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The New York Times and RMG Networks are launching a venture where the newspaper’s web site will appear on digital displays in coffee shops and other locations in five major cities.

The web site will appear on more than 800 screens in business district cafes and eateries in New York, Los Angeles, Chicago, Boston and San Francisco. That’s a subset of more than 60,000 screens that RMG (formerly known as Danoo) has nationwide.

People standing in line waiting to get their coffee can look at the screens to see headlines and a sentence or two of the stories, as well as photos and some videos too.

Viewers can go to on their mobile devices to view the same articles displayed on the screens. Gary McGuire, chief executive of RMG, said that the company’s strategy is to offer the best video entertainment and information it can to engage people while they’re on the run. That’s increasingly necessary in an age when viewers aren’t sitting still in front of their TVs to watch 30-second commercials anymore.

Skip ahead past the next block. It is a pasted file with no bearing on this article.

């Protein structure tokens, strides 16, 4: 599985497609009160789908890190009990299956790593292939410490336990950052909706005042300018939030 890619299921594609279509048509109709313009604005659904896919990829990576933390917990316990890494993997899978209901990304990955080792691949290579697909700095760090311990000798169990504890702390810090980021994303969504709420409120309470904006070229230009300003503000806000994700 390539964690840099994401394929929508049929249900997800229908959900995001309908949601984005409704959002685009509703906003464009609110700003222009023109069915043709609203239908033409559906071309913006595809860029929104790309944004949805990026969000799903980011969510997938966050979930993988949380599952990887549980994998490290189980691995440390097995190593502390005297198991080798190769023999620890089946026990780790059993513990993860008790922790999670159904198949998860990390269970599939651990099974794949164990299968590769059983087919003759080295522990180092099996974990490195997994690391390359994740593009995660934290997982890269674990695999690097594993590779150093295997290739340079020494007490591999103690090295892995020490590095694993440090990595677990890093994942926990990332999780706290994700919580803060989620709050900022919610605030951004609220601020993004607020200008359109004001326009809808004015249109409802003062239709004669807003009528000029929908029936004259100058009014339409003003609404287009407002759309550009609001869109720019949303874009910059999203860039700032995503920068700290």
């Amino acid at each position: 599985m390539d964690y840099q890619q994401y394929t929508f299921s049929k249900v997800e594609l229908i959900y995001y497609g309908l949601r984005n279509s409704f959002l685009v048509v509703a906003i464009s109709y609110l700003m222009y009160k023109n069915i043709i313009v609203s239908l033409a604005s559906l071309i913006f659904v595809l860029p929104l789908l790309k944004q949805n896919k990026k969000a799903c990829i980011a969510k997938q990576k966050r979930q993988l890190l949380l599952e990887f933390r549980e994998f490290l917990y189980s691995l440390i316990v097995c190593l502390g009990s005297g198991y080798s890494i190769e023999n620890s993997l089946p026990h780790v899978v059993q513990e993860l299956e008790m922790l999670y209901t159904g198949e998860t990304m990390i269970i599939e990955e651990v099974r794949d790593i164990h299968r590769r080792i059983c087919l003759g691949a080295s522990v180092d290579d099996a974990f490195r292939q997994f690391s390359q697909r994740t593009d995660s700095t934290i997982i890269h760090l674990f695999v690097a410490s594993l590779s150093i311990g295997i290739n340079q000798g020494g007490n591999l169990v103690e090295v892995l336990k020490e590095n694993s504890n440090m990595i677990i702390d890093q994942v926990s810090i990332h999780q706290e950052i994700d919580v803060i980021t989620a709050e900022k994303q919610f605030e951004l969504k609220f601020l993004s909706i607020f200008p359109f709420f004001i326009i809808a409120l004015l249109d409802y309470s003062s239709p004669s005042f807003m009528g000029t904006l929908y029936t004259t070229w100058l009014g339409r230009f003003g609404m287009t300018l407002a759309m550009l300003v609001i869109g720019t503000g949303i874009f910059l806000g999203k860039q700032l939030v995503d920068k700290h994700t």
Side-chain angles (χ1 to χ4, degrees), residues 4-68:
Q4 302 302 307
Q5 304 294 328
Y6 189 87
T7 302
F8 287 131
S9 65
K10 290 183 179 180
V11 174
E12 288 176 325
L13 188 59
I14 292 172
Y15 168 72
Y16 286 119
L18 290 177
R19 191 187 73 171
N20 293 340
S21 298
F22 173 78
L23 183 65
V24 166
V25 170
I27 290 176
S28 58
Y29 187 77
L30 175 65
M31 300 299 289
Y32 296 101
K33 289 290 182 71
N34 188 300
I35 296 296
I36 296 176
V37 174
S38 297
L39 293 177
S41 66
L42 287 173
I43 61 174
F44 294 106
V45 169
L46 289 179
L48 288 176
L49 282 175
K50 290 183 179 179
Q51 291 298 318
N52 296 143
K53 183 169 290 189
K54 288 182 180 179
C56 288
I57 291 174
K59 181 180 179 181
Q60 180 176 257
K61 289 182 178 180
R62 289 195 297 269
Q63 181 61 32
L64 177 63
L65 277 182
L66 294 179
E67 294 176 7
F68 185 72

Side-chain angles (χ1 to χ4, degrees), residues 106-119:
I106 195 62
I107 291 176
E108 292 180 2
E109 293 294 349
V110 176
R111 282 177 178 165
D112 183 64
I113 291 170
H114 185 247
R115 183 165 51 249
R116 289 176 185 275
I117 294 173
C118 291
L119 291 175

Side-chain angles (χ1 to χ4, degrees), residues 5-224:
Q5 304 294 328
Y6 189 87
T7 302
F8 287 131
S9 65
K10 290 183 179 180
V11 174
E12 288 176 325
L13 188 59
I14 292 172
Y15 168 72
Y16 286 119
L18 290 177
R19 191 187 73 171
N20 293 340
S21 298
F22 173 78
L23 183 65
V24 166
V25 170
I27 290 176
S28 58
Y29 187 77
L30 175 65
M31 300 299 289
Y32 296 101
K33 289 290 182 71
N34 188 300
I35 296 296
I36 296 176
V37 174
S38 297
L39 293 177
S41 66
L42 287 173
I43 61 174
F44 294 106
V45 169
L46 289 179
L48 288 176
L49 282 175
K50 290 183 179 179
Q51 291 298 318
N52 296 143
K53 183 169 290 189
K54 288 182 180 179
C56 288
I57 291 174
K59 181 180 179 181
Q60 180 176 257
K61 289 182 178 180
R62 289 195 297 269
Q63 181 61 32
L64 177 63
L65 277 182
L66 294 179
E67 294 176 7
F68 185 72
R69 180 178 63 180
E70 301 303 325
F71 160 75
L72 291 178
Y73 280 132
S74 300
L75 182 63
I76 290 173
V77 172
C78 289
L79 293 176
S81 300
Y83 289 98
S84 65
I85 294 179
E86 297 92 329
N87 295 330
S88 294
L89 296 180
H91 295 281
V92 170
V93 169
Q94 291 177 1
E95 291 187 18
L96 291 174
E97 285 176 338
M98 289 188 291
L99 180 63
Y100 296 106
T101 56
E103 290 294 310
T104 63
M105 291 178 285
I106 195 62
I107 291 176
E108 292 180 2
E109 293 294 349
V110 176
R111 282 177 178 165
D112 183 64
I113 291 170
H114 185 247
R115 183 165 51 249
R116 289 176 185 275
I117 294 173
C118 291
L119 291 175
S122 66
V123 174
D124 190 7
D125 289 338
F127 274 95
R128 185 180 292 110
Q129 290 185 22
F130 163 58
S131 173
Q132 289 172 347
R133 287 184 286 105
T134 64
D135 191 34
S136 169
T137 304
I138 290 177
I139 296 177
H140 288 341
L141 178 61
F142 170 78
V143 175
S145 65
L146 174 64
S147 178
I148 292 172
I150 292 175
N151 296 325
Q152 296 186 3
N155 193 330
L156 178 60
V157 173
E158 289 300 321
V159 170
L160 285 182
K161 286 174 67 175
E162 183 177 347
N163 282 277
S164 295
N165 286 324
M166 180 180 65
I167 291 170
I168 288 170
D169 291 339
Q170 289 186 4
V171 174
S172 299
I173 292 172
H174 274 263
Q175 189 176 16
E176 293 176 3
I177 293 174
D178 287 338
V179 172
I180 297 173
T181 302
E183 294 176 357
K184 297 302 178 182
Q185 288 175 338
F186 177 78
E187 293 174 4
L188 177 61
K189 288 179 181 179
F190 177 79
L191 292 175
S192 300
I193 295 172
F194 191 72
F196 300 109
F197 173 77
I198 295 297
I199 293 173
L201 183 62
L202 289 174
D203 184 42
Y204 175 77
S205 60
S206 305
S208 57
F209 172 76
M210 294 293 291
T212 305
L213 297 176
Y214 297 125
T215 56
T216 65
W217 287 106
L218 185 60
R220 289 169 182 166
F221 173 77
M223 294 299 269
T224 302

On a monthly basis, the New York Times can reach six million people on the run through the 800 locations, McGuire said. Murray Gaylord, vice president of marketing at, said that the screens are a way to extend the company’s brand to business professionals in key markets.

RMG pipes in the pages to the screens via broadband Internet connections. It can send messages and coupons to the phones of the people standing in line, as long as they turn their Bluetooth radios to reception mode. Through its 60,000 screens, RMG Networks says it can reach 25 million people a month. RMG’s investors include National CineMedia and Kleiner Perkins.

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